Making Art versus Living Art

If you’ve been following this blog, then you know that both Joey and I are completing a 365 image project we are entitling “Because…” (as in 365 reasons why we photograph) as we move through the year and capture images from our respective lives. A pandemic is a curious time to do so… but in a way, that has made it all the more challenging.

At the end of the shared project, we will write about the experience, our lessons learned and whether it actually taught us anything of value. Today, I thought I would comment on just one aspect of this.

My historical approach to photography and art-making has been to consciously, intentionally go out and create. One minute I’m living life, the next I grab a bag full of gear and tripod and head out to somewhere picturesque and… create. There was something very deliberate about this and, more importantly, set apart. Life. Then art. Then back to life.

As this has not been my very first photo-a-day project, there are no surprises to the sometimes beautiful, sometimes repetitive, sometimes sloggy nature of committing to seeing, creating and posting on a regular basis. But this time, there was something else to it…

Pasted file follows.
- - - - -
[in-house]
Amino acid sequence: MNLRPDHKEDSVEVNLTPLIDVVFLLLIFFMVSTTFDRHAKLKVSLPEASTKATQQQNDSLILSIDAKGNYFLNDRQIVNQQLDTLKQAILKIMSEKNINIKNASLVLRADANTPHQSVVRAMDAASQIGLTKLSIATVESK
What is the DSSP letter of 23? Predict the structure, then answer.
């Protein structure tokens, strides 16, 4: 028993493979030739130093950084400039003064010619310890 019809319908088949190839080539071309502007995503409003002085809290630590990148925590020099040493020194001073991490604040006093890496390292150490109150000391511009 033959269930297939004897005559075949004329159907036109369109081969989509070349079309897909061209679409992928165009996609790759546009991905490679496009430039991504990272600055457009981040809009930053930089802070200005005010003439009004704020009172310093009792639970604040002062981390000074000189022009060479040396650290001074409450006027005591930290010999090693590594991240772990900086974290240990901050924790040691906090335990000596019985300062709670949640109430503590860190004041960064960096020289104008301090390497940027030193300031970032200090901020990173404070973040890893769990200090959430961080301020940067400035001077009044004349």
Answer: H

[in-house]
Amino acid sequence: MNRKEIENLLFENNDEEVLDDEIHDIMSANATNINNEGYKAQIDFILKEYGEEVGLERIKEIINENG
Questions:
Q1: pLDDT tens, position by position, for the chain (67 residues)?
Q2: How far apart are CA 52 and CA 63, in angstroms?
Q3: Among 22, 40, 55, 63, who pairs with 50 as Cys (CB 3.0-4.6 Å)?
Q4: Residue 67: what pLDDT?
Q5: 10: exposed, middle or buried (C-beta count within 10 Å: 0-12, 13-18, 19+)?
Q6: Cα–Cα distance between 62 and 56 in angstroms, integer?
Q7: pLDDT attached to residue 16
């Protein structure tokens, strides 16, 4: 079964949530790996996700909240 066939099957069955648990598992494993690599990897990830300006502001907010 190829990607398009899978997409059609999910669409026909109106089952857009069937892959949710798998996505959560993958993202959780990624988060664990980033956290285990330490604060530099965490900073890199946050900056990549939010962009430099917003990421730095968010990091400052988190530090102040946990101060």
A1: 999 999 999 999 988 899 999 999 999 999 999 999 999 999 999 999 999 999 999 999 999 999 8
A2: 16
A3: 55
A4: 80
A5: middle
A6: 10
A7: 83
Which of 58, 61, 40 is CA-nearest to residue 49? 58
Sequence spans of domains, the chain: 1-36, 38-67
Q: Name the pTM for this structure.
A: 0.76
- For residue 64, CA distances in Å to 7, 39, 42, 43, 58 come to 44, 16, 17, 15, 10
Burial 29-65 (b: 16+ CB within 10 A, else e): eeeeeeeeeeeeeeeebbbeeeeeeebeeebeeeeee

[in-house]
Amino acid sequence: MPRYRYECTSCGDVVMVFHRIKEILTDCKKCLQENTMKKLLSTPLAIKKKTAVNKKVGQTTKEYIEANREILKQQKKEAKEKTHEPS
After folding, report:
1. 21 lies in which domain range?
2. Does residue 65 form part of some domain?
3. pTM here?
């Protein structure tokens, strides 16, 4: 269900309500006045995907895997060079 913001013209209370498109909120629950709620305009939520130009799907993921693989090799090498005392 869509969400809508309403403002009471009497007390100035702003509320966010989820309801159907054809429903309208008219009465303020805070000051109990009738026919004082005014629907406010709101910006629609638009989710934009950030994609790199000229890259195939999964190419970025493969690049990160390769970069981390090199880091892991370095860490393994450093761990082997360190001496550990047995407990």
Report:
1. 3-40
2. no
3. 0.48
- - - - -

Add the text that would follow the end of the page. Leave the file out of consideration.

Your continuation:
This time, I decided to commit to using a proper camera for all images – no iPhones here. Also, I decided to experiment. If you’ve seen my images over the past several weeks, you know that.

Having an always at the ready Fujifilm X100V (small, rugged, capable) with me nearly at all times has facilitated this process. Rather than distinct art-making intervals, I’m always steeped in it. The possibility is always simmering. This has allowed for the drive by during a snow storm possibility. The interesting shadows across my path opportunity. The well hello there you have an intriguing face moments. The X100V is built for this and in the end, I’m starting to live the art rather than stopping to go and make it.

I’ll still fill a bag full of lenses and grab a tripod at low tide on the Flats, so this is not an either or proposition. That said, however, living the art has changed my perspective, what I see, and how I see.

If this is something you’re contemplating, give it a try. Commit. It might just change you.

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